Uncertainty over Greece’s political future had only a limited effect on Athen’s ability to borrow money.
The amount of interest it had to offer on its six-month government bonds rose just slightly, to 4.69 percent from 4.55 percent in April.
The bond auction saw only a slight fall in investor interest and raised 1.3 billion euros.
However political scientist Savas Robolis at Panteion University said investors have reason to be nervous: “The politicians can’t say no (to the bailout) as that would threaten their debt restructuring and there’d be a chance that in the near future – by the end of 2013 or the middle of 2013 – that Greece would have to leave the eurozone. Our research shows that would lead to a plunge in Greek living standards of at least 80 percent.”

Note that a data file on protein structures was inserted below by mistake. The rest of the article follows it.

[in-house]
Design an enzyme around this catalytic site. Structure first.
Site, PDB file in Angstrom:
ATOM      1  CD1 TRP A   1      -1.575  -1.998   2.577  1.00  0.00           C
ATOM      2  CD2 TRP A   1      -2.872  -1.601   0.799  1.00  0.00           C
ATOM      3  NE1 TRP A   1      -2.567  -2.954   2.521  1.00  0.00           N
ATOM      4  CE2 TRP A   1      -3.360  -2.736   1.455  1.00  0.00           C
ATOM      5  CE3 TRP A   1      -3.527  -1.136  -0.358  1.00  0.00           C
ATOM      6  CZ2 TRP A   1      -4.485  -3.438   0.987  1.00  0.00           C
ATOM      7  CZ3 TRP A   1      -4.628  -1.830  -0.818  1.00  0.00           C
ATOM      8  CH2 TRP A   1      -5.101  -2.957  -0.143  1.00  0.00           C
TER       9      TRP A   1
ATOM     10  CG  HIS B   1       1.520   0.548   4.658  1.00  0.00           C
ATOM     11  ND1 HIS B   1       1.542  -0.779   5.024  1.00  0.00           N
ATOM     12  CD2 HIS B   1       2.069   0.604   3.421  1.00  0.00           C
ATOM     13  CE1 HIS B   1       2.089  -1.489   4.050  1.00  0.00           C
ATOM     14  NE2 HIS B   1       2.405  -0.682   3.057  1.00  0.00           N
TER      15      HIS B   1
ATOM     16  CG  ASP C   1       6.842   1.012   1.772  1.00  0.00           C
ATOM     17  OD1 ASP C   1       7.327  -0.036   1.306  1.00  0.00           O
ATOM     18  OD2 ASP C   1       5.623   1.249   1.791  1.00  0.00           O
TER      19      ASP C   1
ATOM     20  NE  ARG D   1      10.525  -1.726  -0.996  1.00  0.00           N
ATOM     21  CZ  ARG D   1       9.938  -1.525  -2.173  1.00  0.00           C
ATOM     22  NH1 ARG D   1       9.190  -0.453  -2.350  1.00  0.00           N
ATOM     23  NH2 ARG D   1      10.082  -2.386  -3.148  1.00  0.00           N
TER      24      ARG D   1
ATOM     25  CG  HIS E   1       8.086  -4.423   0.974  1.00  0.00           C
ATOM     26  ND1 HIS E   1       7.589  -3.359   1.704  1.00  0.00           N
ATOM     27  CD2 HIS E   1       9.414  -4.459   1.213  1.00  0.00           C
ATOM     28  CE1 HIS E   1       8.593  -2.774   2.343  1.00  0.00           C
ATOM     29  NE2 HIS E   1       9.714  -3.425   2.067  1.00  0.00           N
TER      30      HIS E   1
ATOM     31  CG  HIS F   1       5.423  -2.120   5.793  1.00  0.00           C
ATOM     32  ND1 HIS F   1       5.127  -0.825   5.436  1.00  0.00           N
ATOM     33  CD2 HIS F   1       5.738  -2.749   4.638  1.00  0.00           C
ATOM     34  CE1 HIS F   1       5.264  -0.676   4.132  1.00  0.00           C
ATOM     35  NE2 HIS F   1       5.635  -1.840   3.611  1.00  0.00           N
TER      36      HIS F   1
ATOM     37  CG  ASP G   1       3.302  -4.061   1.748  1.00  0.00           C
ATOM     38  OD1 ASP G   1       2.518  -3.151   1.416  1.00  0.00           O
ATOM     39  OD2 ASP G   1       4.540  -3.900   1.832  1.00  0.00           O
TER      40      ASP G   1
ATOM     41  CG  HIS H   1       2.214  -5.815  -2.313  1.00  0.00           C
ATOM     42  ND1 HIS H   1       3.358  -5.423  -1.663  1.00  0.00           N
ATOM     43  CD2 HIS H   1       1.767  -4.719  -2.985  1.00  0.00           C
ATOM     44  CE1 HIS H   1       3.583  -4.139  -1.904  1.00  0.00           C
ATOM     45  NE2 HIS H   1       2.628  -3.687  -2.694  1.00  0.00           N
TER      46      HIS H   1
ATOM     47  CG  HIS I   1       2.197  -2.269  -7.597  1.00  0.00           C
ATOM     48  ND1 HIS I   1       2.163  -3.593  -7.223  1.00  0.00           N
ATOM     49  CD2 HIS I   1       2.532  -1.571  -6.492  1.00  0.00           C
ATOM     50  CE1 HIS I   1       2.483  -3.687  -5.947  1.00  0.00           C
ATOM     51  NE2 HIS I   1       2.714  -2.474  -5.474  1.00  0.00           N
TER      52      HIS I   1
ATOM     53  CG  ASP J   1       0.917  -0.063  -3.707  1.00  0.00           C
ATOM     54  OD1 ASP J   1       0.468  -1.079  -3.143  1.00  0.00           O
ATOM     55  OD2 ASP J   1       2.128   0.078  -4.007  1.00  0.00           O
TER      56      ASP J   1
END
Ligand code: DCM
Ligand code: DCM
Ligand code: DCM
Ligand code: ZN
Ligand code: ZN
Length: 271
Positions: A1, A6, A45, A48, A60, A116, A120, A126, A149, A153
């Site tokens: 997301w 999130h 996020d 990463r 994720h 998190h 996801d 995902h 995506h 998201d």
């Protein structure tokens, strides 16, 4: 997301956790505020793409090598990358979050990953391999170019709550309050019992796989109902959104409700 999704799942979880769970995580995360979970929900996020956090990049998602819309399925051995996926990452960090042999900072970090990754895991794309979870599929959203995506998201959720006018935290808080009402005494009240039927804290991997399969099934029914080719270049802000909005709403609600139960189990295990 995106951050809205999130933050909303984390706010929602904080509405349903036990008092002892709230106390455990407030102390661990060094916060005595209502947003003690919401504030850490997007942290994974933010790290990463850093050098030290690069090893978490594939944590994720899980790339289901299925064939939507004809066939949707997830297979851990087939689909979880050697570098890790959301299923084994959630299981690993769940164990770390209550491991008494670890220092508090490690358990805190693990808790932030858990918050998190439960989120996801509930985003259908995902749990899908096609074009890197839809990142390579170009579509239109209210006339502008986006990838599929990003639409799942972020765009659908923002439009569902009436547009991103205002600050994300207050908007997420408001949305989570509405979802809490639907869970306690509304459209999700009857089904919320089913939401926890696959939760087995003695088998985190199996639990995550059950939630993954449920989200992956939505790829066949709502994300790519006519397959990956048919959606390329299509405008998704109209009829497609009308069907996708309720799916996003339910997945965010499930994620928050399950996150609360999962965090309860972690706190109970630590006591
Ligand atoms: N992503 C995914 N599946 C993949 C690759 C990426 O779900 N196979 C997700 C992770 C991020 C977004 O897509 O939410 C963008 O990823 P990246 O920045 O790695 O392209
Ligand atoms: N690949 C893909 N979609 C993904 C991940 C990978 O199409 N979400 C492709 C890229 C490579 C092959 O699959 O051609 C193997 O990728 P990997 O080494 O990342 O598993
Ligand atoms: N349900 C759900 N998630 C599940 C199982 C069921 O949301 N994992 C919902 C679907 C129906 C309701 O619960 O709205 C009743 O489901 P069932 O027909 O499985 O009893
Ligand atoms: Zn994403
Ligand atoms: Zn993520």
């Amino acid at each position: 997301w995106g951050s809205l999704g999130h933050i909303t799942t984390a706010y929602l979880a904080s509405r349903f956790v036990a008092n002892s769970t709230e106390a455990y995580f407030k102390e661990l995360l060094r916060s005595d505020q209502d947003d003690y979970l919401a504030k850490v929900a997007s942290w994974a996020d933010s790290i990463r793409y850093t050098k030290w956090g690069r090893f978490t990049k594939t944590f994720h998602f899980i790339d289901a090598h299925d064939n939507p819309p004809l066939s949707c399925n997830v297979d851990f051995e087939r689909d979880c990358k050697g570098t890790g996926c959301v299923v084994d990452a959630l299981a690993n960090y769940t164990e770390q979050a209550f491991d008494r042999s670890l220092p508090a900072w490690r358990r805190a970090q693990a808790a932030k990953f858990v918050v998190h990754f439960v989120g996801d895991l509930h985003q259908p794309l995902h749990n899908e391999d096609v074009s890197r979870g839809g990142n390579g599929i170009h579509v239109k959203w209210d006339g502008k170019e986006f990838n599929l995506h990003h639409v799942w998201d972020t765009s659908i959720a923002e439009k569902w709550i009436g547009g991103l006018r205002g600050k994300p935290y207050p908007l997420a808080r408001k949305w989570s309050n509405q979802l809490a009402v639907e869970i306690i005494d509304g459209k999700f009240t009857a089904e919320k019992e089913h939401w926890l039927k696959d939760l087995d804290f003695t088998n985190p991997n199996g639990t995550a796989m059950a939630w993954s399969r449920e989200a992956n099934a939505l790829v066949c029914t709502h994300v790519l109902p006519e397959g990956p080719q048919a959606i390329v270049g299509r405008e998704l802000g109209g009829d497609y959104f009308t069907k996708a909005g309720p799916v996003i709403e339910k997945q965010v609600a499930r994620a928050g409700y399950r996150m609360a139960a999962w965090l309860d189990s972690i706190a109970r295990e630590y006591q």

Nearly 22 percent of Greek workers are without a job and there is little chance of that changing as the IMF has forecast the economy will shrink by 4.7 percent this year.
The country is hugely dependent on EU and IMF aid, but that is conditional on tough austerity measures being enacted by the government, which makes the political stalemate really bad news.